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Journal of the History of Philosophy 38.2 (2000) 221-238

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Hume's Iterative Probability Argument:

A Pernicious Reductio

University of South Alabama

In this essay I want to look afresh at David Hume's iterative probability argument, found in the section entitled "Of Scepticism with regard to Reason" in his A Treatise of Human Nature.1 Interestingly enough, after years of comparative neglect,2 this argument has been basking in the glow of scholarly sunshine lately.3 But to what can we attribute its extended hiatus? The convergence of three major factors seems responsible. First, philosophers have oftentimes flung this argument into the ocean of obscurity because of its perceived inadequacies.4 Second, and on a related note, many assume that Hume himself permitted this argument to drown because it never resurfaces again in his writings. Most suspiciously, Hume's Enquiry Concerning Human Understanding, which is his popular (and preferred) presentation of the epistemological sections [End Page 221] of the Treatise, does not contain this argument.5 Last, but certainly not least, for a long time this argument sat uncomfortably with the naturalist interpretation of Hume6 that has gained ascendancy in the twentieth century. For prior to this century, Hume was almost unanimously regarded as a sceptic. Despite a few waves from those who interpreted Hume as a logical positivist earlier in this century, Norman Kemp Smith charted a new course for Humean interpretations with his emphasis on Hume's naturalism.7 And this is the current according to which most Hume interpreters set their sails today.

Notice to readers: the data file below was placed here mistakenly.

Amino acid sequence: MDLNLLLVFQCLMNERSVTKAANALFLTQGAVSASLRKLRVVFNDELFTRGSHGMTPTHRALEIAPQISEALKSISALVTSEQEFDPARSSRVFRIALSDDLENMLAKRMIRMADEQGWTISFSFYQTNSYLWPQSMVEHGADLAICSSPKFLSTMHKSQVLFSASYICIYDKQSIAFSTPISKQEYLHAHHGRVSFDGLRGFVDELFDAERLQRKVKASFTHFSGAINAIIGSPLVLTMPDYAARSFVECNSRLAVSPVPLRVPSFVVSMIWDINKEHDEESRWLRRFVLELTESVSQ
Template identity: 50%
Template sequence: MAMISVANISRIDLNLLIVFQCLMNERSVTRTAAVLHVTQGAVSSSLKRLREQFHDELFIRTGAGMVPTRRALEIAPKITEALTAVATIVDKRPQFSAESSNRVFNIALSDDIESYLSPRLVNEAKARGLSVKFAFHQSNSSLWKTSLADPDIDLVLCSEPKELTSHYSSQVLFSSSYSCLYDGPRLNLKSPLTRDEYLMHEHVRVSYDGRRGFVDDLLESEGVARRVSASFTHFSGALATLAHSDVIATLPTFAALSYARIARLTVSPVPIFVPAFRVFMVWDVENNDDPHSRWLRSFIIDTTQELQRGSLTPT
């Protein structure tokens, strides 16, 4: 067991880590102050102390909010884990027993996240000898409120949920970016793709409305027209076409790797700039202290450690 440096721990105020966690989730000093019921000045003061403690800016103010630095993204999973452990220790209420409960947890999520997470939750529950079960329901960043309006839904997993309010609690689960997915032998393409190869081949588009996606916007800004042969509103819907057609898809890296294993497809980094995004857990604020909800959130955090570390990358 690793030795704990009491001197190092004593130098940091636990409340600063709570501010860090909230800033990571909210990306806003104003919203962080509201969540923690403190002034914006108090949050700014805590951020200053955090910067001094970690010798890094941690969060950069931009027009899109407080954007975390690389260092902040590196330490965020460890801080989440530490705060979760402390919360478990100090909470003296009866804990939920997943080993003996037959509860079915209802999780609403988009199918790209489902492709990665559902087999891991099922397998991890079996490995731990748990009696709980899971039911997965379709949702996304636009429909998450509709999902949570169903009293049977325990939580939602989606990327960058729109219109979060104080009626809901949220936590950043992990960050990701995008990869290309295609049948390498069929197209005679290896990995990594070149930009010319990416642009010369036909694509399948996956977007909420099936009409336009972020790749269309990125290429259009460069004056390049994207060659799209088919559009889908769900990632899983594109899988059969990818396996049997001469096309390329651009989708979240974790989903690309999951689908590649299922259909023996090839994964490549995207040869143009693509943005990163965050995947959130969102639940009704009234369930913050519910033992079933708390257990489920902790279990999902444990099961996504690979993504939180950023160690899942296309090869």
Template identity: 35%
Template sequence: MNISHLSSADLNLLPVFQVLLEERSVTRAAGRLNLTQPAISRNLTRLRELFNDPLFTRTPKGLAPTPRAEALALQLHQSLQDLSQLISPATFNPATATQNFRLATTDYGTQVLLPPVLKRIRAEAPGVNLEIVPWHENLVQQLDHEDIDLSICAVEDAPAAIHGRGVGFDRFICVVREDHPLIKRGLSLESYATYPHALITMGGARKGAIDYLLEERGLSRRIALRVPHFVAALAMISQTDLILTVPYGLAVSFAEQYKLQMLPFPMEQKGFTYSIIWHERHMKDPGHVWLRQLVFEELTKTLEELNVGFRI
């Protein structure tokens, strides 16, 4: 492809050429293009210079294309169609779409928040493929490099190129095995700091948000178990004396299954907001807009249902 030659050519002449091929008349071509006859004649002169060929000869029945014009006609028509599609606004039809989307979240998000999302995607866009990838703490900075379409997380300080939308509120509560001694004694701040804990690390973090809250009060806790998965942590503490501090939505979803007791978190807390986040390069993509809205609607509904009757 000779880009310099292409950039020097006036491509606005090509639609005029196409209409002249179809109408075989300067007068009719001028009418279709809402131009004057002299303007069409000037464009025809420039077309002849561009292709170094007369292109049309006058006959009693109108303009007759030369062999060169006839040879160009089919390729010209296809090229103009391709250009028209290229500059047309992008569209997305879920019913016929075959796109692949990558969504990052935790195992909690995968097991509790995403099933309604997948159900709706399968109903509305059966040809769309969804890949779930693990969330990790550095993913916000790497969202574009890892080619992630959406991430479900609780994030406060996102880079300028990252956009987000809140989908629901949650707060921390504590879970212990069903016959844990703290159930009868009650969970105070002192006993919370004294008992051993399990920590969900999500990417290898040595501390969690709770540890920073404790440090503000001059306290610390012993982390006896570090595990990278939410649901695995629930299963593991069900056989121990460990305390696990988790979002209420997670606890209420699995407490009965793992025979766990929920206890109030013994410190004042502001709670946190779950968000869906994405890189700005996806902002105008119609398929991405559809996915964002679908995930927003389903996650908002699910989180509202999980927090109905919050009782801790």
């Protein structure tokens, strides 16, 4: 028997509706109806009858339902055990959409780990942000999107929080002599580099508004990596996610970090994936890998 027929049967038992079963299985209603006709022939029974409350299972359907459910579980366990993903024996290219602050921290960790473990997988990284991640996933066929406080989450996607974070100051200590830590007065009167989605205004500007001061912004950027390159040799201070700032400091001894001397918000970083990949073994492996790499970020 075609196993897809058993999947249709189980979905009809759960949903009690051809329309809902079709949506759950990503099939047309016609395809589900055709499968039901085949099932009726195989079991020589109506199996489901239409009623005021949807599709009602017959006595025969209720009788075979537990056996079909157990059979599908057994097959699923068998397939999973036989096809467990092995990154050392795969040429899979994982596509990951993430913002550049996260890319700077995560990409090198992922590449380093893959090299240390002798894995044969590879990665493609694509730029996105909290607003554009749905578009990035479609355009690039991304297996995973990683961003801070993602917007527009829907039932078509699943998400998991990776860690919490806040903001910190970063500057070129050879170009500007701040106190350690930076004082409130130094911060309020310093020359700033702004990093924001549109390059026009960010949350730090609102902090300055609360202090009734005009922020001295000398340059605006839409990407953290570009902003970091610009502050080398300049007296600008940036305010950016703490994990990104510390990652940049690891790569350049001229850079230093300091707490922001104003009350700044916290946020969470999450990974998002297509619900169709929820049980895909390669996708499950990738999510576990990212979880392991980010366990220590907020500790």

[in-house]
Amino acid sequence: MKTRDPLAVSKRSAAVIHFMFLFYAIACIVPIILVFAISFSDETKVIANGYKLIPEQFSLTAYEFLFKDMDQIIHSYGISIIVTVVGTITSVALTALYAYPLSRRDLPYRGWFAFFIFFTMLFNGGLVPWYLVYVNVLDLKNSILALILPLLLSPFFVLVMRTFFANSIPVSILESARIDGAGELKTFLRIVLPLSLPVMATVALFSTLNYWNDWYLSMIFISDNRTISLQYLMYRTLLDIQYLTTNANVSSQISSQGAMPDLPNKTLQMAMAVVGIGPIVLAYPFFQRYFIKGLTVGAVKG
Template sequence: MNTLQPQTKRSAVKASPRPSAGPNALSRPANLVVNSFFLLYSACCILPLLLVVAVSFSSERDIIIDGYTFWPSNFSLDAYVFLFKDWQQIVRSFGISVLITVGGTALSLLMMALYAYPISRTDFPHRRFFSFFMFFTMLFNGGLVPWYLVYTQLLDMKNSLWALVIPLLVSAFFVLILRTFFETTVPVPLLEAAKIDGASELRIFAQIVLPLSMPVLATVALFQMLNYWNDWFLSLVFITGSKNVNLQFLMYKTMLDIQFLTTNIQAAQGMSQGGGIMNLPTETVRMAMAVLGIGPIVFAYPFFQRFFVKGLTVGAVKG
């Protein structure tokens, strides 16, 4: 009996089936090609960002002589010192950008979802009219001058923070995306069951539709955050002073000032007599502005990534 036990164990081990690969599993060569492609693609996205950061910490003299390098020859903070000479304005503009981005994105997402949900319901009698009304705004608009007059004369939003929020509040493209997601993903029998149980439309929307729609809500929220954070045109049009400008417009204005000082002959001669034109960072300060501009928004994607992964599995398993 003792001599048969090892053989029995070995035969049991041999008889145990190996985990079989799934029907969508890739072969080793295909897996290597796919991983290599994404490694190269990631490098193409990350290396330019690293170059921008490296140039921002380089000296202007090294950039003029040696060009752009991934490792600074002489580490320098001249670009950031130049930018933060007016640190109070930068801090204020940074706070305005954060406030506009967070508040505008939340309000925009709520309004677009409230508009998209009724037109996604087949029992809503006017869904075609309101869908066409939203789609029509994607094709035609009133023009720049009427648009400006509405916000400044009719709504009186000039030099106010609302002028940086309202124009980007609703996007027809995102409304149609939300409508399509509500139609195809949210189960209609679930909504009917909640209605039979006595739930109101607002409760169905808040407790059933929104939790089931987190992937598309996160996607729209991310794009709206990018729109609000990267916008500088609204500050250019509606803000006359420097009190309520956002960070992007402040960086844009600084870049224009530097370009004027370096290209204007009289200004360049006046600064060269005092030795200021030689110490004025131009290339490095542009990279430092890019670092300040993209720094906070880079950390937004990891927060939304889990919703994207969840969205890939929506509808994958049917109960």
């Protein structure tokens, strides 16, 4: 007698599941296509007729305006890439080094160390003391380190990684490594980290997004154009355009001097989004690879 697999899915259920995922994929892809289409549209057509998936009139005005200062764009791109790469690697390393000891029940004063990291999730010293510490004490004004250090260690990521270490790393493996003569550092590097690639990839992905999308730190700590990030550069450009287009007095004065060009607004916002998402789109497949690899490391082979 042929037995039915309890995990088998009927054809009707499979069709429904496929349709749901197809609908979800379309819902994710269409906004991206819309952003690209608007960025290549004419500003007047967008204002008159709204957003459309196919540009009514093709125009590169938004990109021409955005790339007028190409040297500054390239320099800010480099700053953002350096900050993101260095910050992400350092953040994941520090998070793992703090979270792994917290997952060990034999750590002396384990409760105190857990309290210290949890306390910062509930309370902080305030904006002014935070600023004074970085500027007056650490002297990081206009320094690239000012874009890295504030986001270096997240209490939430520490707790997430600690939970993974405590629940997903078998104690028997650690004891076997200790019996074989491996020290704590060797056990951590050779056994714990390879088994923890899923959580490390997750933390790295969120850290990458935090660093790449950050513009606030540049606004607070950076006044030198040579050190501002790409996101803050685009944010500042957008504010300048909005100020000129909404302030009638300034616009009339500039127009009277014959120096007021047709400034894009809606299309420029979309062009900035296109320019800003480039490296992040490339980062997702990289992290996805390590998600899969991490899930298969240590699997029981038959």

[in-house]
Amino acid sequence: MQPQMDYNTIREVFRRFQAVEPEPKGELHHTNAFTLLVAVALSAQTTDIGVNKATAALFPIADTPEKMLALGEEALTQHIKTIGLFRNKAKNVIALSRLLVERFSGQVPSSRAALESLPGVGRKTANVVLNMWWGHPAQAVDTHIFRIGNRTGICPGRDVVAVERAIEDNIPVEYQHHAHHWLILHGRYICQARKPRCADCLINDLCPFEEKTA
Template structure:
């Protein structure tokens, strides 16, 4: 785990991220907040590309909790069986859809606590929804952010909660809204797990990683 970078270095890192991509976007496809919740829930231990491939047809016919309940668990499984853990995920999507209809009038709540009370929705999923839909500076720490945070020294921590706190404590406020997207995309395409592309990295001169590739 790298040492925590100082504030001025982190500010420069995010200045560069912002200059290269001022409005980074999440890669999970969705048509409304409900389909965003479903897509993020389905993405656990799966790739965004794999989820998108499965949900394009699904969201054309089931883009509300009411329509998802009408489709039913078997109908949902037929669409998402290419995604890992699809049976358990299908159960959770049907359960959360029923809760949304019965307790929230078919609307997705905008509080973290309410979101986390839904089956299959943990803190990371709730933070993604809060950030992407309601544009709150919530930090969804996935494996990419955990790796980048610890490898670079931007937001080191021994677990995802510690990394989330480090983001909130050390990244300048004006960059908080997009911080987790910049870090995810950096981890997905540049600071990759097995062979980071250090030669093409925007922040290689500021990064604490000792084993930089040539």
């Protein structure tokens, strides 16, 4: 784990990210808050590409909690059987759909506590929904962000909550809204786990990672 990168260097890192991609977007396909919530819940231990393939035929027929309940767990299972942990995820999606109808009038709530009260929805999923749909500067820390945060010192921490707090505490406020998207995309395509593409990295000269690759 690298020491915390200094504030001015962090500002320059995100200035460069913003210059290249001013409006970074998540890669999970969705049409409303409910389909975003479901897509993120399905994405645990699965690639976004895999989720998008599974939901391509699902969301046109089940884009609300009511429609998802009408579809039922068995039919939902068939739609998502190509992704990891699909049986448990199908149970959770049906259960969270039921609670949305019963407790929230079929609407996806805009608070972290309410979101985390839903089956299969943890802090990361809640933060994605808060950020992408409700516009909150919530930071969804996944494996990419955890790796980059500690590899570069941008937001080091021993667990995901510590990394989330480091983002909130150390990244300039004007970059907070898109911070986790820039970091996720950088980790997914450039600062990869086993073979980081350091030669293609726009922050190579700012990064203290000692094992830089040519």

Because the naturalist reading of Hume relies so heavily on the system he attempts to set forth in the Treatise, though, naturalists have come to see the importance of reading this argument in a naturalistically acceptable way. William E. Morris best expresses the significance of this argument from a naturalistic perspective in the following manner:

If we ever are to understand Hume's view of the role of reason, it stands to reason that we should first figure out how to integrate "Of scepticism with regard to reason" into the picture. Only then will we be ready to move to a consideration of Hume's positive views about reason. These views are the least understood of any of Hume's doctrines. Gaining an adequate understanding of them is both the most pressing and the most difficult problem facing Hume studies today.8

While I agree with Morris about the importance of getting a clear understanding of the reasoning of I, iv, 1, I will argue that a correct reading of this section reveals the implausibility of major naturalistic interpretations of Hume.

This paper has four major sections. In the first important section, I will highlight the crucial aspects of the iterative argument that will be the focus of this paper and deal with a preliminary but important interpretive issue. In the second section, I will briefly look at Annette Baier's naturalistic reading of Hume's philosophy to show how this particular passage bears on broader [End Page 222] interpretive issues. The third main section will focus on explicating Morris' similar but more detailed interpretation. Finally in the last part I will show that while it is legitimate to characterize the argument here as a reductio (as Baier and Morris both do), the argument still yields, contrary to what naturalists have recently suggested, a very sceptical conclusion.

1. The Arguments of Section I, IV, 1 of the Treatise

Hume's "Of Scepticism with regard to Reason" contains at least two important arguments. While Hume agrees that knowledge involves certainty (whereas beliefs based on probability are by their very nature uncertain9 ), the conclusion of his first argument is that "all knowledge resolves itself into probability" (Treatise, 181). His point here is simply that all of our beliefs are fallible. That is, nothing is absolutely certain; thus none of our beliefs attain the exalted status of certain knowledge. But once this consequence of our fallibility is recognized, he then argues roughly that the probability that any particular belief...


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